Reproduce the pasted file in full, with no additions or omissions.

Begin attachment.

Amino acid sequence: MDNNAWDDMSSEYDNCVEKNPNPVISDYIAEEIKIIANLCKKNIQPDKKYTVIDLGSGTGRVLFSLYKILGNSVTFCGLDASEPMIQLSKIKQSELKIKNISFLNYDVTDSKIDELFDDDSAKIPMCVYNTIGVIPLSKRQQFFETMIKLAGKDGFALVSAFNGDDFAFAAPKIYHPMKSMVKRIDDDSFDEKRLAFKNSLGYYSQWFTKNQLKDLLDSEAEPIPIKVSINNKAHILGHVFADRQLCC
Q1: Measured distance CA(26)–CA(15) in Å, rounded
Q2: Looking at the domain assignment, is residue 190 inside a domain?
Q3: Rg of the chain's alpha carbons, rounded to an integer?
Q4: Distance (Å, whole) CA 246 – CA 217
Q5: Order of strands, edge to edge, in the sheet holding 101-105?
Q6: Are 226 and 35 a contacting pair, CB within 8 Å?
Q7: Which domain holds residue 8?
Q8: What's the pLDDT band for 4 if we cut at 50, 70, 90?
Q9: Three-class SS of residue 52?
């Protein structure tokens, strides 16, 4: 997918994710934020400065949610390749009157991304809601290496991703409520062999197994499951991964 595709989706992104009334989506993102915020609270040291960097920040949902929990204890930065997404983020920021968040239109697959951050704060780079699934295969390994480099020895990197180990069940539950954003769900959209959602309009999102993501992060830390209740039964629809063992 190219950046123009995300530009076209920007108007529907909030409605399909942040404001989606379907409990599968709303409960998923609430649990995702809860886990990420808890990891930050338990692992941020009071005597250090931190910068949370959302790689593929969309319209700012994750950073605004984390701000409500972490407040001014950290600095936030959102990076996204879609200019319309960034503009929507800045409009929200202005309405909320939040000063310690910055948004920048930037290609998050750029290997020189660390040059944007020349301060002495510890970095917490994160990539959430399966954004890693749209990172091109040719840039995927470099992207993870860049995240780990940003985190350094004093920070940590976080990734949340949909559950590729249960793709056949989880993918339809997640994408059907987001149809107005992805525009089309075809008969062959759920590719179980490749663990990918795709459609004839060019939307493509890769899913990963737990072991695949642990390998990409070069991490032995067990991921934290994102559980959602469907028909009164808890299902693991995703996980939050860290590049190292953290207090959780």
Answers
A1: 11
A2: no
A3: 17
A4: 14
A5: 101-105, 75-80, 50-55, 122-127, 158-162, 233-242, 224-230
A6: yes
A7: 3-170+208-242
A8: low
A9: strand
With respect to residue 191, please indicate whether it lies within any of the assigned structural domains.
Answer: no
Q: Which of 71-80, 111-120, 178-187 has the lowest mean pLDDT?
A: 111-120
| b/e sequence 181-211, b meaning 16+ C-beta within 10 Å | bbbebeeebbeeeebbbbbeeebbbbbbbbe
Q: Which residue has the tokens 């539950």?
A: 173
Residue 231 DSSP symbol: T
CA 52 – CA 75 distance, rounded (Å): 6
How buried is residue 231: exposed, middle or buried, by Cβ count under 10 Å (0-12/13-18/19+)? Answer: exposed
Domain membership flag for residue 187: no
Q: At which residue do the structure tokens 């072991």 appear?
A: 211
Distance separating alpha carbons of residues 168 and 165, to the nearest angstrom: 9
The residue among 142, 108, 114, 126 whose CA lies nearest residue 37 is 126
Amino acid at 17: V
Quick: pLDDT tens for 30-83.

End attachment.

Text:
Amino acid sequence: MDNNAWDDMSSEYDNCVEKNPNPVISDYIAEEIKIIANLCKKNIQPDKKYTVIDLGSGTGRVLFSLYKILGNSVTFCGLDASEPMIQLSKIKQSELKIKNISFLNYDVTDSKIDELFDDDSAKIPMCVYNTIGVIPLSKRQQFFETMIKLAGKDGFALVSAFNGDDFAFAAPKIYHPMKSMVKRIDDDSFDEKRLAFKNSLGYYSQWFTKNQLKDLLDSEAEPIPIKVSINNKAHILGHVFADRQLCC
Q1: Measured distance CA(26)–CA(15) in Å, rounded
Q2: Looking at the domain assignment, is residue 190 inside a domain?
Q3: Rg of the chain's alpha carbons, rounded to an integer?
Q4: Distance (Å, whole) CA 246 – CA 217
Q5: Order of strands, edge to edge, in the sheet holding 101-105?
Q6: Are 226 and 35 a contacting pair, CB within 8 Å?
Q7: Which domain holds residue 8?
Q8: What's the pLDDT band for 4 if we cut at 50, 70, 90?
Q9: Three-class SS of residue 52?
């Protein structure tokens, strides 16, 4: 997918994710934020400065949610390749009157991304809601290496991703409520062999197994499951991964 595709989706992104009334989506993102915020609270040291960097920040949902929990204890930065997404983020920021968040239109697959951050704060780079699934295969390994480099020895990197180990069940539950954003769900959209959602309009999102993501992060830390209740039964629809063992 190219950046123009995300530009076209920007108007529907909030409605399909942040404001989606379907409990599968709303409960998923609430649990995702809860886990990420808890990891930050338990692992941020009071005597250090931190910068949370959302790689593929969309319209700012994750950073605004984390701000409500972490407040001014950290600095936030959102990076996204879609200019319309960034503009929507800045409009929200202005309405909320939040000063310690910055948004920048930037290609998050750029290997020189660390040059944007020349301060002495510890970095917490994160990539959430399966954004890693749209990172091109040719840039995927470099992207993870860049995240780990940003985190350094004093920070940590976080990734949340949909559950590729249960793709056949989880993918339809997640994408059907987001149809107005992805525009089309075809008969062959759920590719179980490749663990990918795709459609004839060019939307493509890769899913990963737990072991695949642990390998990409070069991490032995067990991921934290994102559980959602469907028909009164808890299902693991995703996980939050860290590049190292953290207090959780």
Answers
A1: 11
A2: no
A3: 17
A4: 14
A5: 101-105, 75-80, 50-55, 122-127, 158-162, 233-242, 224-230
A6: yes
A7: 3-170+208-242
A8: low
A9: strand
With respect to residue 191, please indicate whether it lies within any of the assigned structural domains.
Answer: no
Q: Which of 71-80, 111-120, 178-187 has the lowest mean pLDDT?
A: 111-120
| b/e sequence 181-211, b meaning 16+ C-beta within 10 Å | bbbebeeebbeeeebbbbbeeebbbbbbbbe
Q: Which residue has the tokens 């539950």?
A: 173
Residue 231 DSSP symbol: T
CA 52 – CA 75 distance, rounded (Å): 6
How buried is residue 231: exposed, middle or buried, by Cβ count under 10 Å (0-12/13-18/19+)? Answer: exposed
Domain membership flag for residue 187: no
Q: At which residue do the structure tokens 């072991």 appear?
A: 211
Distance separating alpha carbons of residues 168 and 165, to the nearest angstrom: 9
The residue among 142, 108, 114, 126 whose CA lies nearest residue 37 is 126
Amino acid at 17: V
Quick: pLDDT tens for 30-83.